High consumption of fatty foods during teenage years increase breast density, which is a risk factor for breast cancer, says a study.
"Overall, our results suggest possible long-term effects of fat intake during adolescence on young adult breast composition," said one of the researchers, Seungyoun Jung from the University of Maryland School of Medicine in the US.
‘Following healthy dietary habits during teenage years can reduce breast density and also breast cancer risk.’
"Appropriate dietary modifications during adolescence may potentially contribute to lowering breast density and consequently breast cancer risk as well as preventing obesity, diabetes, and cardiovascular disease," Jung noted.
For the study, the researchers analyzed data from the Dietary Intervention Study in Children (DISC). DISC was a randomized clinical trial initiated in 1988 enrolling 663 children ages 8 to10 years, including 301 girls, that assessed diet on multiple occasions during adolescence.
A follow-up study, conducted when participants were 25 to 29 years old, measured breast density by magnetic resonance imaging in 177 female participants.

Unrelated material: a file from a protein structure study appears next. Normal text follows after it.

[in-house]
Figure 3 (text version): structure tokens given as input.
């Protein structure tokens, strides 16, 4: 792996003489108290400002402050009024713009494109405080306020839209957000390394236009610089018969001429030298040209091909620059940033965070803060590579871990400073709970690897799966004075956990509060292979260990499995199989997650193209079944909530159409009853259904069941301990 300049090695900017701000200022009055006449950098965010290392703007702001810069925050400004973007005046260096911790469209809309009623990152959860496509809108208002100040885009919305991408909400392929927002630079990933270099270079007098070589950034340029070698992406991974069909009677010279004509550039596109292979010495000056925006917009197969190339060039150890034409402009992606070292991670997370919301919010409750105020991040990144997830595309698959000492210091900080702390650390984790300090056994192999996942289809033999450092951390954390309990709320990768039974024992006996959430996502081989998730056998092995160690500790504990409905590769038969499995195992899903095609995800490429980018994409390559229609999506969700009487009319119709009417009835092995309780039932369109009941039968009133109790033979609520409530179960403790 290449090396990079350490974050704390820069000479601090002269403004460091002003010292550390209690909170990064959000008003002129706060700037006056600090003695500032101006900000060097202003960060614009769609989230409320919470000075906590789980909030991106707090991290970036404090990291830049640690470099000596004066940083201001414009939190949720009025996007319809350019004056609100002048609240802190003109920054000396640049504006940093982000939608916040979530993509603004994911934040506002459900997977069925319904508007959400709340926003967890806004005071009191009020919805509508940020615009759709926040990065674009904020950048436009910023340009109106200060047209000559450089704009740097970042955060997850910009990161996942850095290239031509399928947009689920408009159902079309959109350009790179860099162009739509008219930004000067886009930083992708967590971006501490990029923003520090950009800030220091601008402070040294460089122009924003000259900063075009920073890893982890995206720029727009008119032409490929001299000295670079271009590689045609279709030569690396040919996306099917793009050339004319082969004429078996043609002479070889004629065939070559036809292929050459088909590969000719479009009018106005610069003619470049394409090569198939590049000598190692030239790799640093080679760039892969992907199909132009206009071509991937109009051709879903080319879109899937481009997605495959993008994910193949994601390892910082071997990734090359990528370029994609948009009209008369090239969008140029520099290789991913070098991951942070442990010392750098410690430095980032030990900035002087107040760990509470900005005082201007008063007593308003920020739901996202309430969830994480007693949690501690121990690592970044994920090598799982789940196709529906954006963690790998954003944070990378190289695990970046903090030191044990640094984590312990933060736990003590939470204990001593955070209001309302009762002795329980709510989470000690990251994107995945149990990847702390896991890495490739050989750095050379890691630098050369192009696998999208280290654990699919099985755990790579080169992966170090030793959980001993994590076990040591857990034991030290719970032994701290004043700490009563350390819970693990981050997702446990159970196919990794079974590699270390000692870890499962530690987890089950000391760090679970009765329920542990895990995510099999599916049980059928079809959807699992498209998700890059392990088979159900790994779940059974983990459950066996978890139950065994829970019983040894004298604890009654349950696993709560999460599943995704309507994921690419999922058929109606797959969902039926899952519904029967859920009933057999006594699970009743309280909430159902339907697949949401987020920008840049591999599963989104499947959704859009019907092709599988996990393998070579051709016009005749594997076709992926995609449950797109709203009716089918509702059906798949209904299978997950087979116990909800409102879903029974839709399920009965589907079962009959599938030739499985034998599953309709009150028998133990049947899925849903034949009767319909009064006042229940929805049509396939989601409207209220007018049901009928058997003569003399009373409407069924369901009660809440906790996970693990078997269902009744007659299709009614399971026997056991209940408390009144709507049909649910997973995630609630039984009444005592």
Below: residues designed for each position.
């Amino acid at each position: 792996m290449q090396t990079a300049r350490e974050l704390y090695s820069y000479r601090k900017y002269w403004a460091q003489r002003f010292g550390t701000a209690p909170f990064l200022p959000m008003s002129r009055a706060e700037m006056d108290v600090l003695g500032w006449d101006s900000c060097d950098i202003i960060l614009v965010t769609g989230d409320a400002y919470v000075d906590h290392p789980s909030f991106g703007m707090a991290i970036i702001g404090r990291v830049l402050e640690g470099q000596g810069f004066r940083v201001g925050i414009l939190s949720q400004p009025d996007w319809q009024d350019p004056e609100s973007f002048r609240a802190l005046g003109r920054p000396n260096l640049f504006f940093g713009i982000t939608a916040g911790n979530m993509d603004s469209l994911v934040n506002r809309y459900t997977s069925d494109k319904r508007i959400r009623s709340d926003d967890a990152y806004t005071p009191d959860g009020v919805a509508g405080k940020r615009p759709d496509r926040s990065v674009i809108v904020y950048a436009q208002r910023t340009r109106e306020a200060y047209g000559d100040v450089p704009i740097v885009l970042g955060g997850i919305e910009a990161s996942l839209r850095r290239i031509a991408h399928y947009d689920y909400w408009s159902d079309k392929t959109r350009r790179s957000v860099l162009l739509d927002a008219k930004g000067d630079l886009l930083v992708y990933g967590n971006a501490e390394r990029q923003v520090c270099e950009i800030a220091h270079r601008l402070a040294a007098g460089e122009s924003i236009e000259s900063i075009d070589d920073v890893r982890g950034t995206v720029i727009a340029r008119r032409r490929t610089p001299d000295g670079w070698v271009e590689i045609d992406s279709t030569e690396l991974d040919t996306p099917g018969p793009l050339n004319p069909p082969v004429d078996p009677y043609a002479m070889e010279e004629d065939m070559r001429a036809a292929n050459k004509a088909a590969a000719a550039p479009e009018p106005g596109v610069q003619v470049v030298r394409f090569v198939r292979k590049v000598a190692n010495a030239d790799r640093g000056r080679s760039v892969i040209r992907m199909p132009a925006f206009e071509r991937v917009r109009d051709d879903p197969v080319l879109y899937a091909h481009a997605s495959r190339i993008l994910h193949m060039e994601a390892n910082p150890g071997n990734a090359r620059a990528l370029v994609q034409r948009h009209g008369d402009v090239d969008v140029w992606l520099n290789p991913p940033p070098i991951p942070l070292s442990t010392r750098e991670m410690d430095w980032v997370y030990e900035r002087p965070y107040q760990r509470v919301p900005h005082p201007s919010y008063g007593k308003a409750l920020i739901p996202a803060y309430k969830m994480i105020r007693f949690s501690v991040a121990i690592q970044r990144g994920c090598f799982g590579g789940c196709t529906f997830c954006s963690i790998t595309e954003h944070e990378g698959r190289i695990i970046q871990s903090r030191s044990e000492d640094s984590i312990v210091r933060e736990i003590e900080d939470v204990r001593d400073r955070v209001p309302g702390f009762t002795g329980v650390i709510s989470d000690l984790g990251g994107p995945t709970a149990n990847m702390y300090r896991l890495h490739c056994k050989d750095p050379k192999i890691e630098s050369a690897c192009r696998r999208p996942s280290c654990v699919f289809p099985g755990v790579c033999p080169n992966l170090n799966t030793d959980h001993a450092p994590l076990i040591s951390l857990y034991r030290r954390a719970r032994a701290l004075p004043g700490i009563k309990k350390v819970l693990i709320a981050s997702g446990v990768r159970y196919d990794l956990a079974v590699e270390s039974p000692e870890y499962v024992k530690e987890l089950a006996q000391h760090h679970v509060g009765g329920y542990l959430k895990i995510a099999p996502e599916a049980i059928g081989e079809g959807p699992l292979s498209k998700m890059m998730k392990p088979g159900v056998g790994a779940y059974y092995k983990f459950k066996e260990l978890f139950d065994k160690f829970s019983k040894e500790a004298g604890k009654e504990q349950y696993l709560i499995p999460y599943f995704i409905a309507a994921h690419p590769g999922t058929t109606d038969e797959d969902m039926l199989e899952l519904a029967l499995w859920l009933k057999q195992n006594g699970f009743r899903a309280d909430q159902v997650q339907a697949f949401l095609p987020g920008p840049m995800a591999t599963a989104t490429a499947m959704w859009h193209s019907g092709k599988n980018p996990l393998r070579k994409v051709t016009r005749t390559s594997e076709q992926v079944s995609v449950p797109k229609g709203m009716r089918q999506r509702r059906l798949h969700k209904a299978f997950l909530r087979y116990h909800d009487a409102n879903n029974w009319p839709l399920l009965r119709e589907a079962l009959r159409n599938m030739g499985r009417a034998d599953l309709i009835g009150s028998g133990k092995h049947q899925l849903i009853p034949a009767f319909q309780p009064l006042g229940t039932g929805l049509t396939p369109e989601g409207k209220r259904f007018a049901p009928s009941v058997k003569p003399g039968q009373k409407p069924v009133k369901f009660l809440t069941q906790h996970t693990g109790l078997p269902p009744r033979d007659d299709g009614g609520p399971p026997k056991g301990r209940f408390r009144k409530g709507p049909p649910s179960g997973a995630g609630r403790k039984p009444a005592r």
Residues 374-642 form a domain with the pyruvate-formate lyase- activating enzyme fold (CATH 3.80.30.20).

The researchers found that higher adolescent intake of saturated fat and lower adolescent intakes of mono- and polyunsaturated fat were associated with the higher percent dense breast volume (DBV) in early adulthood.
Women in the highest quartile of saturated fat intake had a mean percent dense breast volume of 21.5 percent compared with 16.4 percent for those in the lowest quartile. A similar difference in percent DBV was found for those who ate the lowest amount of monounsaturated fat, compared to those who ate the most.
Examples of foods containing a high proportion of saturated fat include animal fat products such as cream, cheese, butter, other whole milk dairy products and fatty meats.
The study was published in the journal Cancer Epidemiology, Biomarkers & Prevention.